Every Multitasking Feature in iPadOS 15 Worth Knowing About (and How to Use Them)

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Photo: Khamosh Pathak

Recently, Apple has essentially released a new iPad multitasking system every two years or so. iPadOS 15 brings yet another overhauled multitasking system to the iPad and iPad Pro, but this time, Apple has actually made significant headway into making multitasking easier for new users.

There are now actual buttons for running apps side by side, and as this new system builds on top of the last years, you can still use the drag and drop gestures if that’s what you’re used to. Here’s what you need to know about the new Split View features in iPadOS 15.

How to use the new multitasking menu in iPadOS 15

The previous method still works: You can drag a new app from the Dock and placing it at the edge of the screen to enter Split View mode. But this limits you to apps just in the Dock, and Apple’s new multitasking system finally fixes that fatal flaw.

When you have an app open, tap the new three-dotted menu button at the top (you’ll find it in the middle of the status bar).

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This will show three different options. The first is for opening the app in Fullscreen mode, the second is for Split View, and the third is for Slide Over. Choose the Split View option.

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You’ll see the app animate and dock itself to the right edge. The entire iPad home screen is now available to you. You can browse around and pick any app from the home screen, App Library, or search.

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Once chosen, the app will be docked in Split View. You can now resize the windows using the black bar in the middle.

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How to use the new App Switcher in iPadOS 15

iPadOS 15 also overhauls the App Switcher. You still access it by swiping up from the Home bar and holding on for a second or two. The layout is still familiar (and everything else, like swiping up to close an app, works the same), but Slide Over windows now get their own section at the end. Here, you can flip through and switch to any Slide Over panel.

The biggest change, though, is the fact that all windows and Split View panels here are live and dynamic. You can pick an app window from a Split View pair and drag it out to create a fullscreen window out of it. Similarly, you can place an app on top of another to create a Split View pair.

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Screenshot: Khamosh Pathak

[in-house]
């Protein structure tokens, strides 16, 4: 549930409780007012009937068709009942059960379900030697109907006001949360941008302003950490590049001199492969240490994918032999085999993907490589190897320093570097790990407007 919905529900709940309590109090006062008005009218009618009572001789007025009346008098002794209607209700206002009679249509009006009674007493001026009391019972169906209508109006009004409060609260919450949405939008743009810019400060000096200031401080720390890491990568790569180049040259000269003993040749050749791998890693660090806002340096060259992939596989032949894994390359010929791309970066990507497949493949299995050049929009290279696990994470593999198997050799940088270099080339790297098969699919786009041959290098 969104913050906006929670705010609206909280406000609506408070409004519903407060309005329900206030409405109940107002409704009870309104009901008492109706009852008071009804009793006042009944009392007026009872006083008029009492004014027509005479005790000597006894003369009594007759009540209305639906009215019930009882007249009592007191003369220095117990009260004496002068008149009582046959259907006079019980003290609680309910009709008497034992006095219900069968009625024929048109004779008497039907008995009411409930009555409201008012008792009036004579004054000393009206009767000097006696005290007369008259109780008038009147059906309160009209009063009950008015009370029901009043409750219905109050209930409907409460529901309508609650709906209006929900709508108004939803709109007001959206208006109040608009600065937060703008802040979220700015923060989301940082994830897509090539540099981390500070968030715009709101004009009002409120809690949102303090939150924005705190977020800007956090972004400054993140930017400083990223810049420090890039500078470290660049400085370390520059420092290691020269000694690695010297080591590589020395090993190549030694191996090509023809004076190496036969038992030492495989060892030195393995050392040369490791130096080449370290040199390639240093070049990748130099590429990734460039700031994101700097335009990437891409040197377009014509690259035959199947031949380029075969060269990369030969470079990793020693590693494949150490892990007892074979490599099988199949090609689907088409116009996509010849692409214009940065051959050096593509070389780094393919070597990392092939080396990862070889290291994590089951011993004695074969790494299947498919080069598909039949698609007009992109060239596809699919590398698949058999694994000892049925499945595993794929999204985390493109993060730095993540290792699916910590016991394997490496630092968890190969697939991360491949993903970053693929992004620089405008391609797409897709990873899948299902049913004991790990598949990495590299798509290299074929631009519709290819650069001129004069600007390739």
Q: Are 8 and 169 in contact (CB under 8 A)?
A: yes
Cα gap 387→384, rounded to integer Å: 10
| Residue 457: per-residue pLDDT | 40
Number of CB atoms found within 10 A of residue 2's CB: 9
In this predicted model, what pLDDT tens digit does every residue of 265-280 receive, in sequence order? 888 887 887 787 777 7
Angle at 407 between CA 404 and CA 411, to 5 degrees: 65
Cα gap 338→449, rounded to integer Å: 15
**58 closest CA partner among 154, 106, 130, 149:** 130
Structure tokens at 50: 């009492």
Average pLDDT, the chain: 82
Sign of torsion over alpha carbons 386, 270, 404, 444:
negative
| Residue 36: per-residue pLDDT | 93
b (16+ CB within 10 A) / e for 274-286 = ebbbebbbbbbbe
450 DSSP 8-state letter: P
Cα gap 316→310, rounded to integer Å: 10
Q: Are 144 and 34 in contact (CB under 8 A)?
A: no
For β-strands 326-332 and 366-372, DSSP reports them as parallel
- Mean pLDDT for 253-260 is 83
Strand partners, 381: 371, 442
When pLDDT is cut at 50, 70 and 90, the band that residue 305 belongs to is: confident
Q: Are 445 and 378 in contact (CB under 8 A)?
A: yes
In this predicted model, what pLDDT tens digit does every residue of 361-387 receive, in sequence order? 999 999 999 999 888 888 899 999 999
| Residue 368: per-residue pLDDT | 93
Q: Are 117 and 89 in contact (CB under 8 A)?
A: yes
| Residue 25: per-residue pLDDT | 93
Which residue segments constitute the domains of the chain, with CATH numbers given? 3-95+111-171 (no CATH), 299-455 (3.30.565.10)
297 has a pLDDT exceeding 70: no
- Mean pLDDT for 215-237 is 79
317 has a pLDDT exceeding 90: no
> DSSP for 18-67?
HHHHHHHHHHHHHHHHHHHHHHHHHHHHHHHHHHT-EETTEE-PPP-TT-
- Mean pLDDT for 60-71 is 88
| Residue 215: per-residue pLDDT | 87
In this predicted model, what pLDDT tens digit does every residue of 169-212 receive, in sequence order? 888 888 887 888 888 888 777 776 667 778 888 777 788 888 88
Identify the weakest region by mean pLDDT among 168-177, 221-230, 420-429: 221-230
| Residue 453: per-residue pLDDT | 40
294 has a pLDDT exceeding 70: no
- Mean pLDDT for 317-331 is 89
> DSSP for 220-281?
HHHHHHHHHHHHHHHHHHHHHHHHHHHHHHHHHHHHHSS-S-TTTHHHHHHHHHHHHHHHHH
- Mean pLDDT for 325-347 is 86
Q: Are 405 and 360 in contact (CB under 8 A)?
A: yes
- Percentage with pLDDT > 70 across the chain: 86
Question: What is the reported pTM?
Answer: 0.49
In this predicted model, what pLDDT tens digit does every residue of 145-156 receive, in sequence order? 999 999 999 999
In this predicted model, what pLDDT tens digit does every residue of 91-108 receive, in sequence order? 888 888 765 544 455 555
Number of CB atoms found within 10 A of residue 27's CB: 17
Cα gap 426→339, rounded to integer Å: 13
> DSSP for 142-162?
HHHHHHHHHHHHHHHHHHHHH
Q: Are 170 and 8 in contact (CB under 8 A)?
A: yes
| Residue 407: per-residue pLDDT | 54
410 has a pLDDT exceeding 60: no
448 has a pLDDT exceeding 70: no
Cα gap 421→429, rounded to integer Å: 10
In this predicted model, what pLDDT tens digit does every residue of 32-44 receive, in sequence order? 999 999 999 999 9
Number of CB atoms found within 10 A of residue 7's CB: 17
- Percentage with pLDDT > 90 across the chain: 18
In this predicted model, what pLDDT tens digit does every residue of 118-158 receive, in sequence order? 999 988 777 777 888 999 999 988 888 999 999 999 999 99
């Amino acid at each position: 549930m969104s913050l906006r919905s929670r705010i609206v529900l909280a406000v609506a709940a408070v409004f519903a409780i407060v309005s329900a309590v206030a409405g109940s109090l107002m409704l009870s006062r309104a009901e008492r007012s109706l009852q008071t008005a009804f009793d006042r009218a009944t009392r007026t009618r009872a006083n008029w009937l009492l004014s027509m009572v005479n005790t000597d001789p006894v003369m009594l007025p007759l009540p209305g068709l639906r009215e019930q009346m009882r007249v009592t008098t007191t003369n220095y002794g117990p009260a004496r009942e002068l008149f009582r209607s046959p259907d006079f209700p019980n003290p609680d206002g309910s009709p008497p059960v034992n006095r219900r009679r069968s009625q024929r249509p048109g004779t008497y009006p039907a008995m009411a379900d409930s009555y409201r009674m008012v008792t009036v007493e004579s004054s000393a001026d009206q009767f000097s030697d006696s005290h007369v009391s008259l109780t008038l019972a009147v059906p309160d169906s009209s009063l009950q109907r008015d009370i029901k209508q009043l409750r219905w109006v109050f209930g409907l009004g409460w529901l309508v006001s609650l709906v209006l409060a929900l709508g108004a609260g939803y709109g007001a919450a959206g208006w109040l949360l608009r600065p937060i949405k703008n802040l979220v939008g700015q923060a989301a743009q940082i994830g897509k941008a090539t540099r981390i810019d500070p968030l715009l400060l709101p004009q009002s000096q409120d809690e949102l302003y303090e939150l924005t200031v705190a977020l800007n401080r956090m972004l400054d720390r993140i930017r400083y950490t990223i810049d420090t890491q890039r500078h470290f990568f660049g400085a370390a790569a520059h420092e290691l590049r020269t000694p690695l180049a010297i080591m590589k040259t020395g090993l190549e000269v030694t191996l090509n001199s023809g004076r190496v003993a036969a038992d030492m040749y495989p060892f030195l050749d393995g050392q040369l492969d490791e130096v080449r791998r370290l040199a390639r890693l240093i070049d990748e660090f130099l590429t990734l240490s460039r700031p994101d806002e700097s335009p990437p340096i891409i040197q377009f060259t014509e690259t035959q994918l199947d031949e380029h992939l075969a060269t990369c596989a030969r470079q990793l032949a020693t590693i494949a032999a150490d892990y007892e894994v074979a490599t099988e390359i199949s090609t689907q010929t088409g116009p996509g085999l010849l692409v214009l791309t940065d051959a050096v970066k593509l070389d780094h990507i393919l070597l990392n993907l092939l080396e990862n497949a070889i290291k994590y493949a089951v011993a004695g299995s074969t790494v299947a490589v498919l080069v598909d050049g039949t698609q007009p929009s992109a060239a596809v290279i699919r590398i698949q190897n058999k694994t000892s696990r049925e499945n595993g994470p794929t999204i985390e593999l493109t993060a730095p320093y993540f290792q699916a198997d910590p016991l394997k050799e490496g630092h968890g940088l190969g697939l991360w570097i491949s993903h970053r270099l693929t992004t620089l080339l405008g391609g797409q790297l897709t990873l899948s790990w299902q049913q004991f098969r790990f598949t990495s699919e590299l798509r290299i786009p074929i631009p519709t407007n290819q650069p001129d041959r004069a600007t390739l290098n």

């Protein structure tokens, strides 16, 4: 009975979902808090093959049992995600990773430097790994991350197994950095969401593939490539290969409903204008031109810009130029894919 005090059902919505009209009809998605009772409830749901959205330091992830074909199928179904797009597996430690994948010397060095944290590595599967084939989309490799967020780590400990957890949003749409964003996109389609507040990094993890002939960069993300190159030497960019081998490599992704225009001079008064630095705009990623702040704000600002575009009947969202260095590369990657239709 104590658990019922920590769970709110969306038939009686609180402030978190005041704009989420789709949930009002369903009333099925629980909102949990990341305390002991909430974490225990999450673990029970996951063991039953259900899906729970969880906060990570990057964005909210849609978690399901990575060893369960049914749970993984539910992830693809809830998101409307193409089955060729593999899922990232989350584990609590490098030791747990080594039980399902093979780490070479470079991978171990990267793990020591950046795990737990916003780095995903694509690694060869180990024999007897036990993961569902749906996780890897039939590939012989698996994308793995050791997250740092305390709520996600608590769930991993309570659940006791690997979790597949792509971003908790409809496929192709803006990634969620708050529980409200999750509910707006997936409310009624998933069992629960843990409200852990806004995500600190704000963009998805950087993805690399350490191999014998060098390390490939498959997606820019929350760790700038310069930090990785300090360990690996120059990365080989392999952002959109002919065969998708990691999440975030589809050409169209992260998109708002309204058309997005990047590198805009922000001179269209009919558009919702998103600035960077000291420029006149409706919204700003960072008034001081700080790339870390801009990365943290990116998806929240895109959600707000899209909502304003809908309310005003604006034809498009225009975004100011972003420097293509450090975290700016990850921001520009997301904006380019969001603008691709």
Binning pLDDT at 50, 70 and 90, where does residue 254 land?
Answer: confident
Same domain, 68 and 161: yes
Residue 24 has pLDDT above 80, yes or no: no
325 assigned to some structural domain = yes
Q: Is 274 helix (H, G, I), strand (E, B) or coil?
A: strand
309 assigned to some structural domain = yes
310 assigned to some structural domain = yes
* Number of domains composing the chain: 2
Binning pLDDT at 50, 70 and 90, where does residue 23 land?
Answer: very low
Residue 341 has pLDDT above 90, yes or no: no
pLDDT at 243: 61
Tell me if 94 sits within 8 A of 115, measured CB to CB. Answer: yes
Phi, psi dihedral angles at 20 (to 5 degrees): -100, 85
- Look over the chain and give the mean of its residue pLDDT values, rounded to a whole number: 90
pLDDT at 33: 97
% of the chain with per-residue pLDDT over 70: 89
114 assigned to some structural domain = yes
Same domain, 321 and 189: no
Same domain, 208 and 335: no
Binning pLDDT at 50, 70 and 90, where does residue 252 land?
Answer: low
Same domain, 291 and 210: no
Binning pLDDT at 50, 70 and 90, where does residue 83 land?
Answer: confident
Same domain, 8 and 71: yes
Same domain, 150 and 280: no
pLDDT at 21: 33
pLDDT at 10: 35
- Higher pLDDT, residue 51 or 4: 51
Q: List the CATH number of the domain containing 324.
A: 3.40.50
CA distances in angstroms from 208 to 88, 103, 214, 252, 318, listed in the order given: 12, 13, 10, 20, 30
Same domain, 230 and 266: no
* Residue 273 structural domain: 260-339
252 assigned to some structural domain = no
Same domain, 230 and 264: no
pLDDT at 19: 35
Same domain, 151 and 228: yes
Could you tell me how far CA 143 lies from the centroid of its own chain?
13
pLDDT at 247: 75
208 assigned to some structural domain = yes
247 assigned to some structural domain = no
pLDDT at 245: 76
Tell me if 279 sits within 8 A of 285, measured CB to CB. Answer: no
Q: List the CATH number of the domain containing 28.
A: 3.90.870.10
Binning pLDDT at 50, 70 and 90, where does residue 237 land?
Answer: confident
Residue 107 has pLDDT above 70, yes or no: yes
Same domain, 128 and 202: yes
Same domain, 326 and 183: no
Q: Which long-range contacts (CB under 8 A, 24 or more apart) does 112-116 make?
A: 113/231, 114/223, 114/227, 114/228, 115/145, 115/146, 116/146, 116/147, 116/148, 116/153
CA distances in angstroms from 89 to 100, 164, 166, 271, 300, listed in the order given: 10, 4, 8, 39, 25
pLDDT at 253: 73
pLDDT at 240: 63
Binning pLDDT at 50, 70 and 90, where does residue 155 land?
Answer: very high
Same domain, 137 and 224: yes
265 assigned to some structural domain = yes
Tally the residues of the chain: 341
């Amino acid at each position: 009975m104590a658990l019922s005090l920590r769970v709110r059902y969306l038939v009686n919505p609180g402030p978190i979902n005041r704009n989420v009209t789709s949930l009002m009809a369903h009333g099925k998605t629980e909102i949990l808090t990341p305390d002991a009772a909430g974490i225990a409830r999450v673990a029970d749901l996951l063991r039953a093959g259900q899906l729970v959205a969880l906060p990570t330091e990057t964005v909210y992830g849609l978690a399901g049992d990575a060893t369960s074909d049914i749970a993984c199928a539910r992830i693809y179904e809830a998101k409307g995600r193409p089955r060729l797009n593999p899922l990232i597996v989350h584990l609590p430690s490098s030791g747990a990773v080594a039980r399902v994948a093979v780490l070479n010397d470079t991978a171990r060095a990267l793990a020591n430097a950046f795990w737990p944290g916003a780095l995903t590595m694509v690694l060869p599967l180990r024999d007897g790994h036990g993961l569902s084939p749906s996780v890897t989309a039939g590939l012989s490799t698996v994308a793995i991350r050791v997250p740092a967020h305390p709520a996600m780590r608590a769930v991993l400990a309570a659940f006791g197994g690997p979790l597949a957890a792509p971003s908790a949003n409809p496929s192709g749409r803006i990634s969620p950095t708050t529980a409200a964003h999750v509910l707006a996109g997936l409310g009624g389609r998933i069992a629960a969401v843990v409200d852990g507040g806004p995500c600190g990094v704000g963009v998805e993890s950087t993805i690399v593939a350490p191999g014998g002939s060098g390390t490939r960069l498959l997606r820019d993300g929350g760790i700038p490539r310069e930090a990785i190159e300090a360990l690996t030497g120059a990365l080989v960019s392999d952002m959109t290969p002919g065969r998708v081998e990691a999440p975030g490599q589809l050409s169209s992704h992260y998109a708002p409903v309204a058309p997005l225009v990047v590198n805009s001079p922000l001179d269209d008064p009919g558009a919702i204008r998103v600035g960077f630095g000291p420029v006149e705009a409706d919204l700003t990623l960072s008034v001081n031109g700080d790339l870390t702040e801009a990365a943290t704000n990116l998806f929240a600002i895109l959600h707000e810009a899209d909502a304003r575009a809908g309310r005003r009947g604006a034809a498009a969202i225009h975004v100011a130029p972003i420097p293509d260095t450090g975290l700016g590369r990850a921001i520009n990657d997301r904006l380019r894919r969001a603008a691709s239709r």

When an app has multiple windows open, you’ll see a little Windows icon next to it (it looks like two cascading squares).

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When you tap on it, you’ll be able to see all the windows from the app (including Split View and Slide Over windows) on one screen.

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How to use the Shelf on your iPad

Multiple app windows bring us to a new feature in iPadOS 15 called the Shelf. This is a new Dock-like panel that appears when you open an app that has multiple windows.

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You can also access it by tapping the multitasking menu button. This is essentially a quick, visual way to switch between multiple windows of the same app.

Use the brand new multitasking keyboard shortcuts

While keyboard shortcuts are not new to the iPad, they are finally coming alive in iPadOS 15. As you might already know, you can hold down the Command key to see a floating window with all the keyboard shortcuts associated with the app.

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In iPadOS 15, however, you’ll see a Multitasking tab, where you’ll come across a set of new and powerful keyboard shortcuts just about multitasking. If you use your iPad or iPad Pro with a keyboard accessory, these shortcuts are worth committing to your muscle memory:

Globe+Left/Right Arrow: Quickly move between the previous or the last app (or the app pairs).

Globe+Up: Open Apps Switcher.

Globle+Down: Show all open windows for the current app.

Globe+F: Turn the current Split View app into a fullscreen app.

Control+Globle+Left/Right: Tile the current app left or right.

Control+Globe+Down: Replace the current app in Split View.

Globe+Tilde: Go to the next window.

How to exit Split View on iPad

In the previous iterations of the multitasking system, uncoupling two apps from Split View was always a hassle. Thanks to the multitasking menu button, things are much simpler.

When you want to make an app or window full screen, just select the multitasking menu button from the top (three-dots icon), and choose the first Fullscreen icon (rectangle that’s completely filled in).

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Screenshot: Khamosh Pathak

And voila, both apps are now unpaired.

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